Singapore Lowers Licence Fee for Start-up Micro Breweries

Singapore is lowering the licence fees for start-up micro breweries in a bid
to reduce their regulatory entry costs and encourage entrepreneurship in
the sector.

Singapore Customs is amending the licensing fee and policy as of May 1,
2019, allowing a new micro brewery to pay a pro-rated licence fee based
on the duration of the licence instead of having to pay in advance a lump
sum of S$8,400 (US$6,200 / £4,885) for a full annual licence fee,
Singapore’s Senior Minister of State for Trade and Industry and Education,
Chee Hong Tat, said earlier this year.

Now a micro brewery business can apply for a three-month licence for
S$2,100 (US$1,550 / £1,220), for example. If a business closes shop
before those three months expire, Singapore Customs will refund any
‘unused’ licence fee on a pro-rated basis.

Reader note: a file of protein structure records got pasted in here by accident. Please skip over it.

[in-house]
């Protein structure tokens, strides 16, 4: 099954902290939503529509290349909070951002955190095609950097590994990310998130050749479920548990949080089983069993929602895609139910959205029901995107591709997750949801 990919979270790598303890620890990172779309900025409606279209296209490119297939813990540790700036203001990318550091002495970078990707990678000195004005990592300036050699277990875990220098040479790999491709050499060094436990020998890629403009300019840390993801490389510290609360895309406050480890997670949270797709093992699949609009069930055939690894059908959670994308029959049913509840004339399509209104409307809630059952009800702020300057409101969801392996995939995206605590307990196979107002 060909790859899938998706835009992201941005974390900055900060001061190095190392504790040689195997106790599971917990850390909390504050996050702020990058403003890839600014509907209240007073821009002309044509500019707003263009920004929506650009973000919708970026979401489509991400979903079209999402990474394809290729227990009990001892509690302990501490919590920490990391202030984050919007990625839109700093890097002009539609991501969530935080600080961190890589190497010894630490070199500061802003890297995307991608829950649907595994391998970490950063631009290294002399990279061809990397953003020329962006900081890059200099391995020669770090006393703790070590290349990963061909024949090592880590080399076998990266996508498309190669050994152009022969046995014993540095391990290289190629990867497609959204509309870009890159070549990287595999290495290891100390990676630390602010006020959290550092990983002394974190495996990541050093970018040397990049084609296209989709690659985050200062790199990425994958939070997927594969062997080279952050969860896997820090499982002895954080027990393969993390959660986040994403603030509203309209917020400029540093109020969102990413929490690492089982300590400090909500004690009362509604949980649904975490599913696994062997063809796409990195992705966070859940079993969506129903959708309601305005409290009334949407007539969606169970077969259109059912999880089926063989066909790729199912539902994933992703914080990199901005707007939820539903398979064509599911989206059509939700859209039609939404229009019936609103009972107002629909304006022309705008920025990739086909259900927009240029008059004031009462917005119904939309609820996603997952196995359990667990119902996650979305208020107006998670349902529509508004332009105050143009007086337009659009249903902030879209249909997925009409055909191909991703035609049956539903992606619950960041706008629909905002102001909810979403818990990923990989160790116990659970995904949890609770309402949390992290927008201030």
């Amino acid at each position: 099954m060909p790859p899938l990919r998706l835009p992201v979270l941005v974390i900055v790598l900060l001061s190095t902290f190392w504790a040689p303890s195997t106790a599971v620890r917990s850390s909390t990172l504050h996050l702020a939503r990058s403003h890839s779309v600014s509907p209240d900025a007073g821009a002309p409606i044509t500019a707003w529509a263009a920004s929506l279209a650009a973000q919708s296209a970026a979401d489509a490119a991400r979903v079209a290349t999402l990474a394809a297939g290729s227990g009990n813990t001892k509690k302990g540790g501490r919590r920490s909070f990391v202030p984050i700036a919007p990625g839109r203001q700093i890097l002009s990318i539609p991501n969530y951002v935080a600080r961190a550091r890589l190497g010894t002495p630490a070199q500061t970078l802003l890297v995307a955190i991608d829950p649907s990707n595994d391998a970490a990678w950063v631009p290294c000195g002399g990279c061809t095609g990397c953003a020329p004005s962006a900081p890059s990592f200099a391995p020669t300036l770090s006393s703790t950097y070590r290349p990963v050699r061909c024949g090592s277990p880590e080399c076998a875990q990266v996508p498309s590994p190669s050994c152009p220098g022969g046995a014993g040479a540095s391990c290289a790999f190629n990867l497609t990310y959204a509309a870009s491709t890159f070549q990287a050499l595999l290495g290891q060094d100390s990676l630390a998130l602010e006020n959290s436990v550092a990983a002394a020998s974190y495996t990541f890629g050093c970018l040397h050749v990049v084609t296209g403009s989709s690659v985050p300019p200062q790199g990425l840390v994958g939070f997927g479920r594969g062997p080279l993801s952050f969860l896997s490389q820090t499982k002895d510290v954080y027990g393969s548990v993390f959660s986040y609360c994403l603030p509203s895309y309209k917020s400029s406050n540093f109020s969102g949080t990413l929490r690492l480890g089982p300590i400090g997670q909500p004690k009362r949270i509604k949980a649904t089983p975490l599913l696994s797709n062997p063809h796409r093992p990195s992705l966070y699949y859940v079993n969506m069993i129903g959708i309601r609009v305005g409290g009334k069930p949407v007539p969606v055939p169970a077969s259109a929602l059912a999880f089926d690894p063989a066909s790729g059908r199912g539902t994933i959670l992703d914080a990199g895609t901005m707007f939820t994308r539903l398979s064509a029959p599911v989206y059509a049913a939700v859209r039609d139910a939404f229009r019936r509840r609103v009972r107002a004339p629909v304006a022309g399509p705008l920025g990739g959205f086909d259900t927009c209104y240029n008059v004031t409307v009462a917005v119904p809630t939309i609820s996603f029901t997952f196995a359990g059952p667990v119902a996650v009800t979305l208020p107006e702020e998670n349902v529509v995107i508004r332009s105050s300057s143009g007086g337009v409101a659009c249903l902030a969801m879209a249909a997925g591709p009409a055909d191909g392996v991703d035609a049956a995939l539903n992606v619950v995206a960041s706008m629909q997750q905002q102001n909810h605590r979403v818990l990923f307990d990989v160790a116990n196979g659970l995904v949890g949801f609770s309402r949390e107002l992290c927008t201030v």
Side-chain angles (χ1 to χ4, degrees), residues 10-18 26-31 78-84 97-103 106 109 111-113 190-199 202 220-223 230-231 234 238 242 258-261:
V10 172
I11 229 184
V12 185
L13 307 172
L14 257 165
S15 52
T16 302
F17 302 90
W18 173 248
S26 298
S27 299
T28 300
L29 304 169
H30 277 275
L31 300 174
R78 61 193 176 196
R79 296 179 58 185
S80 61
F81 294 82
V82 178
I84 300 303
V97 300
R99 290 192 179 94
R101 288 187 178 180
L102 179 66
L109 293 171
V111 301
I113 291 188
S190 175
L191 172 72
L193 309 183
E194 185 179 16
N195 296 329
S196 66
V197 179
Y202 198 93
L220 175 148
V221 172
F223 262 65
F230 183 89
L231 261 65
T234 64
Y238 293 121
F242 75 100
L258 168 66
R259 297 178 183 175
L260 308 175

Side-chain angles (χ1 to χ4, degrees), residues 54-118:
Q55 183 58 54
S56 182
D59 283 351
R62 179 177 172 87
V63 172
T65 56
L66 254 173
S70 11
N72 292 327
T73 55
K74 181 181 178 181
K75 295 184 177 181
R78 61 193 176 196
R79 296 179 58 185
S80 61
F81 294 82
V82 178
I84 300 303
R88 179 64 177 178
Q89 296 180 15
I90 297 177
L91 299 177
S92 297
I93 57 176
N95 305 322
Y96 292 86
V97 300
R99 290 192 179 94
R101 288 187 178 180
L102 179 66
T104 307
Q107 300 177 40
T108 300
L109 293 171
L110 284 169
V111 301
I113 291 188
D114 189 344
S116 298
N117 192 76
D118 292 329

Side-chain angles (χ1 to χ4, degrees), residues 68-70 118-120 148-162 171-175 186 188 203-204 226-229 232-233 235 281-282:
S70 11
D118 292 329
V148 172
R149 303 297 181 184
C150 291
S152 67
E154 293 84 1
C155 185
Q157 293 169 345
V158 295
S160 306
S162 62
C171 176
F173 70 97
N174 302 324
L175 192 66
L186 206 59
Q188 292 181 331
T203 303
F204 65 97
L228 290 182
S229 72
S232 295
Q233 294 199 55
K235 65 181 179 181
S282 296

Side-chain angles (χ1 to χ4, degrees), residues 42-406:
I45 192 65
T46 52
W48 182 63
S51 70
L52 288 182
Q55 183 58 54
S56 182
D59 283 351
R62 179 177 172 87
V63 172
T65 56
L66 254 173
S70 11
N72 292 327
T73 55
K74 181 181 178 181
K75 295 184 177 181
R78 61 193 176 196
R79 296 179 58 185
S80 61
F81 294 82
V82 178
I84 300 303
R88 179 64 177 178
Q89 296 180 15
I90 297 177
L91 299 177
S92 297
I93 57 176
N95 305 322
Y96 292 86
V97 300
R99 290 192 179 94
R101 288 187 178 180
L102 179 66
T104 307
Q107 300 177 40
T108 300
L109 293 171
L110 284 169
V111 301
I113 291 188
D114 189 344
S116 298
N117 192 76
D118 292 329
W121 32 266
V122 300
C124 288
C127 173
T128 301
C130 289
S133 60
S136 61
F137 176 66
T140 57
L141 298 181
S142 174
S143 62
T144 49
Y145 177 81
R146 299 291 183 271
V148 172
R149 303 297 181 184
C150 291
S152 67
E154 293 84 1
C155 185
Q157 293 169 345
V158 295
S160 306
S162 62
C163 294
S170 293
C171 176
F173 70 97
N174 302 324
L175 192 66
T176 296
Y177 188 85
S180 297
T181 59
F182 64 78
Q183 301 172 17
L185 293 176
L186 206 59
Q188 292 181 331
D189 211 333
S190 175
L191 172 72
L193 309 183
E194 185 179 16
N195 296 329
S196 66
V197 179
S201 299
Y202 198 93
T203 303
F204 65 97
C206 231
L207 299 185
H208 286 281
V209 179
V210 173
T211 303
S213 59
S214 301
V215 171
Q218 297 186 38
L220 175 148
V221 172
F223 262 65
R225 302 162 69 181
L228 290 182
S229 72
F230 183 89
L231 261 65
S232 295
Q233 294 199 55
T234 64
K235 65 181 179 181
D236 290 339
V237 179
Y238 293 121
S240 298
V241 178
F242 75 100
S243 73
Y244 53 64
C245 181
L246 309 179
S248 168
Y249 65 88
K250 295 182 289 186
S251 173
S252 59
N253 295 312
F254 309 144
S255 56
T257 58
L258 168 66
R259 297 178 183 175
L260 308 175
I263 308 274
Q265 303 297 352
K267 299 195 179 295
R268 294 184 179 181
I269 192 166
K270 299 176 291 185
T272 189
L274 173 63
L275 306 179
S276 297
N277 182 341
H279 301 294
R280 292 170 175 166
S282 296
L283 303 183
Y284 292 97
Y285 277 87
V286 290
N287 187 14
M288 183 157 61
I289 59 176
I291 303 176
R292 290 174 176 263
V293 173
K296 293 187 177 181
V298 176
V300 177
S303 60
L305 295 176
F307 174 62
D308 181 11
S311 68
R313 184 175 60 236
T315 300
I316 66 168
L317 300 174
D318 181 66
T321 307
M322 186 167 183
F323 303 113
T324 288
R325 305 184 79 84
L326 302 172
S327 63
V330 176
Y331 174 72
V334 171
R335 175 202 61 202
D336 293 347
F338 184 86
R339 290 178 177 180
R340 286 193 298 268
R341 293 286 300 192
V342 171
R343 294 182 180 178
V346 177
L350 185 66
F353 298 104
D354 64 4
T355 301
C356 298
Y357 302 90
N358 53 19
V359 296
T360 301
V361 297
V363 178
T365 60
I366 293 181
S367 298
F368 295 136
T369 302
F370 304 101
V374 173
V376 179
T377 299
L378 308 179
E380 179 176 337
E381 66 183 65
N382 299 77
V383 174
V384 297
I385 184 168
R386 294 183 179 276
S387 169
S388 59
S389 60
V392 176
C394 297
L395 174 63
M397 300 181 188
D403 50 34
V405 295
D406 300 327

“In other words, a start-up only needs to pay for the duration when they
are in operation instead of forking out a lump sum for the annual licence,
when it is not certain at the beginning how long they will remain in
business. This lowers the entry barrier and reduces the cost of early exit,”
Chee Hong Tat said in a speech in February.

Singapore’s Ministry of Trade and Industry heeded feedback from
entrepreneurial students who wanted to try out their beer brewery ideas
at a lower entry cost, the minister said.

The pro-rated licence fee is the second major regulatory amendment for
Singapore’s breweries in the past decade. Back in 2012, when the number
micro breweries in the country started to increase, Singapore Customs
introduced the S$8,400 annual fee for micro breweries, down from the
S$43,000 (US$31,750/ £25,000) annual fee that they had to pay before
that—the annual fee large-scale breweries pay.

Commenting on the pro-rated fee as of this year, state minister Chee
Hong Tat said in February 2019:

“This idea of lowering entry barriers to encourage entrepreneurship can
also be applied to other regulatory licences. I encourage the business
community and our government agencies to work together with PEP [Pro-
Enterprise Panel] to explore these possibilities.”